REVEALED: Why scratch card near misses are so common

  • A study indicates that near misses are a common occurrence in scratch cards
  • Pairs of jackpot symbols appear much more often than any other individual symbol pair

The talk about near misses and close calls on slot machines is as old as slot machines itself. We’ve all had countless times where we’d almost get the best paying line, but one of the symbols was just one position above or below. Of course, from everything we know about slot games, the appearance of a near miss doesn’t really mean anything, as symbols are displayed only to make things more fun (and to encourage you to play more).

But, what about scratch cards?

A group of Canadian scholars took it upon themselves to examine the occurrences of near misses in Canadian scratch cards, and they came up with some interesting conclusions, indicating that the number of these close calls, all other things being equal, should be smaller. In other words, the jackpot symbol appears more often than other random symbols.

Lewis Gill celebrating his £100,000 Lottery scratch card win with Chris Vickers
Lewis Gill celebrating his £100,000 Lottery scratch card win with Chris Vickers

Cheap fun – not so much

Scratch cards are a fast and inexpensive way to experience a gambling thrill. Every individual scratch card can hide a big win, and for a small price, players have a chance to dream about the jackpot. However, as cheap as scratch cards may be, according to the study, people in Ontario alone spent over $1 billion on scratch cards.

All things considered, it isn’t hard to understand why scratchies are so popular with the people. However, the question that needs to be asked is if the game organizers do anything unsavory to make people buy more scratch cards than they had initially planned.

Near misses as a questionable tactics

Most scratch cards contain several hidden symbols, three of which need to be matched for the player to win the corresponding prize. The jackpot symbol is the one that we all want to see, as revealing three of those means you hit big money.

Revealing two jackpot symbols pays nothing, but it brings up your hopes that the third one will match as well. Of course, most often it doesn’t, and you are left with nothing but a bad taste in your mouth about such a close call – and an urge to buy some more cards.

With slot machines, according to the paper, near misses increase an arousal with players and activate reward-related brain areas, urging them to play more, spend more time gambling. These are all very negative influences, as they can lead to frustration and players spending much more money than they had initially planned.

Because of these negative effects, near misses in slots have been extensively researched, and it was discovered that often slot machine manufacturers include a higher number of these combinations than what would be standard. They do this by placing high paying symbols close to low paying or blank symbols on the reels, so to create the image of near misses when, in reality, there in nothing “near” about them.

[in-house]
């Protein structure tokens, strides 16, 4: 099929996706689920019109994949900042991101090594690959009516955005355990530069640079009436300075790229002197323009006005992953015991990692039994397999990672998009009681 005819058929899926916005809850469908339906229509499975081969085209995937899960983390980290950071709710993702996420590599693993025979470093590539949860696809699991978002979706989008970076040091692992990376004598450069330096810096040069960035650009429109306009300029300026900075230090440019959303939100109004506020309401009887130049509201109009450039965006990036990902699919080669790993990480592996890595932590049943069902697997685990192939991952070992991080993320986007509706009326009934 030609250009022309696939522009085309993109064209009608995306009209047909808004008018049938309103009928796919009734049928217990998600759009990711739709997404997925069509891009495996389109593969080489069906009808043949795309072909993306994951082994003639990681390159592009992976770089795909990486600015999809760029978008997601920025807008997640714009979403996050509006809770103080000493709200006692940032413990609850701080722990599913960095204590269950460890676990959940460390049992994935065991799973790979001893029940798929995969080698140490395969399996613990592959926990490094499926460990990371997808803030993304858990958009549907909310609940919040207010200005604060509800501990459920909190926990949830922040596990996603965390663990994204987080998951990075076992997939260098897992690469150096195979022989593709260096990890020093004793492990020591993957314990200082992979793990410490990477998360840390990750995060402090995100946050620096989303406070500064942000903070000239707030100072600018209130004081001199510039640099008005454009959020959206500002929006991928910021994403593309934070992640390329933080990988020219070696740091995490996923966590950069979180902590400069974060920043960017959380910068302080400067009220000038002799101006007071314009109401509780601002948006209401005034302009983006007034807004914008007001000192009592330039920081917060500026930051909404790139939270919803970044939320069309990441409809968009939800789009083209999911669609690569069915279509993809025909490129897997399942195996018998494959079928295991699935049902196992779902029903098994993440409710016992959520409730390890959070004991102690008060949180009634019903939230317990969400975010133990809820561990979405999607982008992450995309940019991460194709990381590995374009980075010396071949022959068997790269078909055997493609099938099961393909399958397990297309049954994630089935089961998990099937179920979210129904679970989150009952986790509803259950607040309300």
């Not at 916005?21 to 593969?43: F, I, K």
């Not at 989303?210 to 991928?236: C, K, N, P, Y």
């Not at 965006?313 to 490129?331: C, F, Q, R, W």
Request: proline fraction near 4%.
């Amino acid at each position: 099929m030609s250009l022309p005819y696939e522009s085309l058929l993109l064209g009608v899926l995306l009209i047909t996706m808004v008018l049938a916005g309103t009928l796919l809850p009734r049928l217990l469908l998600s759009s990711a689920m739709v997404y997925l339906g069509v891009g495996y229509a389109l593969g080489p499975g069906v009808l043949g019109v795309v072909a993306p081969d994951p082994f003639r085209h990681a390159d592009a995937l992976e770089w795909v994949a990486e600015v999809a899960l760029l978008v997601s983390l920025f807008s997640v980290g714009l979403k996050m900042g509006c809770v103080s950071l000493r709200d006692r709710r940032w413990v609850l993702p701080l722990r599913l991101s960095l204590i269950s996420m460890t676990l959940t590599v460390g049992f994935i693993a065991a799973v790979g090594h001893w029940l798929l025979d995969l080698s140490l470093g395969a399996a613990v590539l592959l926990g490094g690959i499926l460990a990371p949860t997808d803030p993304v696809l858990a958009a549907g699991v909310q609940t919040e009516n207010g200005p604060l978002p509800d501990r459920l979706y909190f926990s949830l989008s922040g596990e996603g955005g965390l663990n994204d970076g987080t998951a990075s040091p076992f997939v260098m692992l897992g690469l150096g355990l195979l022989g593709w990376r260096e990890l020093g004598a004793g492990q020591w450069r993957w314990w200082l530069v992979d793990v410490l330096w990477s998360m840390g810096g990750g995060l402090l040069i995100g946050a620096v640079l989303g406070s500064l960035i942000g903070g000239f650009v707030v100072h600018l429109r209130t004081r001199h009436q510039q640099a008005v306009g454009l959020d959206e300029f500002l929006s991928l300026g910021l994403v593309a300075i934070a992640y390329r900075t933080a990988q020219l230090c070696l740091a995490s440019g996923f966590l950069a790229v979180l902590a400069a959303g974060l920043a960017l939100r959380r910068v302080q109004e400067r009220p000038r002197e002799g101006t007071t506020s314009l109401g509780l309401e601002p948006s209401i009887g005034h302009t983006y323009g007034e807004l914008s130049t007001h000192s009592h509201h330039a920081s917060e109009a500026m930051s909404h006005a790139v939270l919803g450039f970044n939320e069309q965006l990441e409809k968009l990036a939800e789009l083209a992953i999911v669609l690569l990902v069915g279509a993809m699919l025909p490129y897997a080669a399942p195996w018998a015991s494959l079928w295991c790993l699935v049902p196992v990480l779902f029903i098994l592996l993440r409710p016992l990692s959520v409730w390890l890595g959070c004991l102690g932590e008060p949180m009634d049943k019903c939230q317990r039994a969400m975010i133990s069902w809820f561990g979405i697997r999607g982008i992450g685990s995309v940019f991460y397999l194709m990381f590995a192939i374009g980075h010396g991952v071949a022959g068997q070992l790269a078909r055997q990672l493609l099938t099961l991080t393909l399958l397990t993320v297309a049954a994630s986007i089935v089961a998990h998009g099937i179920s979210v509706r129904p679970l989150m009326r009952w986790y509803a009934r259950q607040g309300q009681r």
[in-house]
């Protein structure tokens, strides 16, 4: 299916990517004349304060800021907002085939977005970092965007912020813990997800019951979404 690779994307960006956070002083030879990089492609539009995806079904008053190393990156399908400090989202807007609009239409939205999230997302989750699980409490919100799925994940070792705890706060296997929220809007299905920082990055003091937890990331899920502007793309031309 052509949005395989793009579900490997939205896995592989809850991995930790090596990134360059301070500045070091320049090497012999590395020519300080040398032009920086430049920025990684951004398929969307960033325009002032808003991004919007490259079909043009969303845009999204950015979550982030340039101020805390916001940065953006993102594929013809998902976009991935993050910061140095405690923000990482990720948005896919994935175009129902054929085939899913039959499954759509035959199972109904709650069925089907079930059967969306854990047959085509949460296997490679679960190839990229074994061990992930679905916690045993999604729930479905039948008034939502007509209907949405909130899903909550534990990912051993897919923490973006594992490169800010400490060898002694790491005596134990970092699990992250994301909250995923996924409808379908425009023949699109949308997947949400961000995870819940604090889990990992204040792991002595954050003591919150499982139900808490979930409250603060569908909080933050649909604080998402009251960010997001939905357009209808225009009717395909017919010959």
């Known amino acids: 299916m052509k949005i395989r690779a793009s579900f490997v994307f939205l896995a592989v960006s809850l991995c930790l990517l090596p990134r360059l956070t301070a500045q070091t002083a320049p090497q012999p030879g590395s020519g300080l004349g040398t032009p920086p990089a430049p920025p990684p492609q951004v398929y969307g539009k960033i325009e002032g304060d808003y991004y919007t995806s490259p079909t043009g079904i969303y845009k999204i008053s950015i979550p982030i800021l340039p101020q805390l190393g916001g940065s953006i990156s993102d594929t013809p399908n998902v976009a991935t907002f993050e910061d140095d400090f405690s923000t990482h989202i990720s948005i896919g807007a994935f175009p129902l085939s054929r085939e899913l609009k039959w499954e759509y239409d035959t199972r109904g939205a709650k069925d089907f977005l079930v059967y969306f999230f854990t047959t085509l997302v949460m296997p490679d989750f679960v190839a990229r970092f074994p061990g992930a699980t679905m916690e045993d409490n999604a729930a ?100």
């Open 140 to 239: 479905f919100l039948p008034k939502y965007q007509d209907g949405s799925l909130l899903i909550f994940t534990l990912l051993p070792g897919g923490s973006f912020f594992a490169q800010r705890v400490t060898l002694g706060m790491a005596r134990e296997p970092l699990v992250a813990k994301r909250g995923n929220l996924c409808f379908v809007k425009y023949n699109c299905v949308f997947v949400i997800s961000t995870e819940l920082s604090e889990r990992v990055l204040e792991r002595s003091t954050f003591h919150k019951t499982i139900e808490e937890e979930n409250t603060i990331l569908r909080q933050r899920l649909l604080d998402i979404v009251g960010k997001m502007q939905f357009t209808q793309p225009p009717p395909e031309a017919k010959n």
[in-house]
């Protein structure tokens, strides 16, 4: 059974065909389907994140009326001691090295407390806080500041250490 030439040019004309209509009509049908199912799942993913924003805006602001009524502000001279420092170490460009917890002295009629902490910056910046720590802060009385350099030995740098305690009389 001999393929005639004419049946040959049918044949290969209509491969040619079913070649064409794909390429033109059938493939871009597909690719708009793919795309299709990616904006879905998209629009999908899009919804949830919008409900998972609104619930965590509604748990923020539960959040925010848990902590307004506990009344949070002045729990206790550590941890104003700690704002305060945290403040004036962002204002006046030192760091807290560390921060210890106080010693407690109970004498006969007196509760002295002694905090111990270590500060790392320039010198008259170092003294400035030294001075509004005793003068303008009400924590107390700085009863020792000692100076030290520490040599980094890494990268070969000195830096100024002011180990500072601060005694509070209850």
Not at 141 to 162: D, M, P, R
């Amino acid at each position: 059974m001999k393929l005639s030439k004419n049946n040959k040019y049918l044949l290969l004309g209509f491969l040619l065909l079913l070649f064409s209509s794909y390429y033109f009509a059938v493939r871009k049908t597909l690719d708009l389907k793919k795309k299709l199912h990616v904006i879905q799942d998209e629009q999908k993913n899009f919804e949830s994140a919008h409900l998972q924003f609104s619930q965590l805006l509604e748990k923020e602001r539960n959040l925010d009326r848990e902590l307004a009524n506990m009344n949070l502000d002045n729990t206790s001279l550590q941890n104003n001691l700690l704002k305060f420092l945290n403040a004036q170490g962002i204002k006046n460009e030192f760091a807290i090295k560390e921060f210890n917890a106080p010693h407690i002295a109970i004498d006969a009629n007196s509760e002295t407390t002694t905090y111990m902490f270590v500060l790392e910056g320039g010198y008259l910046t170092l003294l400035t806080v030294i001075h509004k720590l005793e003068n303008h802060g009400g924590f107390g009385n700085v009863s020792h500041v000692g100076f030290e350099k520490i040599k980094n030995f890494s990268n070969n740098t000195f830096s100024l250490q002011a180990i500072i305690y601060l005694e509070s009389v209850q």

Looking at these patterns, the Canadian scholars decided to take a closer look at scratch cards and look if there are similar strategies being employed by scratch card operators. Simply put, they wanted to see if the number of two jackpot symbols appearing on individual scratch cards is higher than it should be when compared to other two symbol occurrences.

Interesting findings

For the purposes of the paper, Cash for Life scratch cards were used. The jackpot prize in this game is a jackpot that amounts to $1,000 every week for the rest of the winner’s life. To win the jackpot, a player needs to uncover three special “LIFE” symbols on the same scratch card.

The research was conducted on the sample of 102 scratch cards from two different Cash for Life series, and it was clear even from this small sample that the “LIFE” symbol was overrepresented in the overall distribution of symbols. The pair of jackpot symbols appeared on the grid significantly more often than it should if everything was completely random.

These findings are indicative that scratch cards organizers purposefully over-stack jackpot symbols to create the feeling of near-misses with the players and incentivize them to play more. There is no doubt that these tactics are somewhat questionable, especially with regards to responsible gambling concerns. At the same time, though, it is the job of those organizing games of luck to create the feeling of excitement and thrill, as it is what makes their business grow.


All in all, the findings revealed in the paper are hardly shocking. It is more than clear that, as long as they are allowed by law, gambling operators will do whatever they can to entice people to play more. So, in the end, it is always important for the players themselves to stay cool-headed, whether playing slots or scratch cards and keep things in the perspective.

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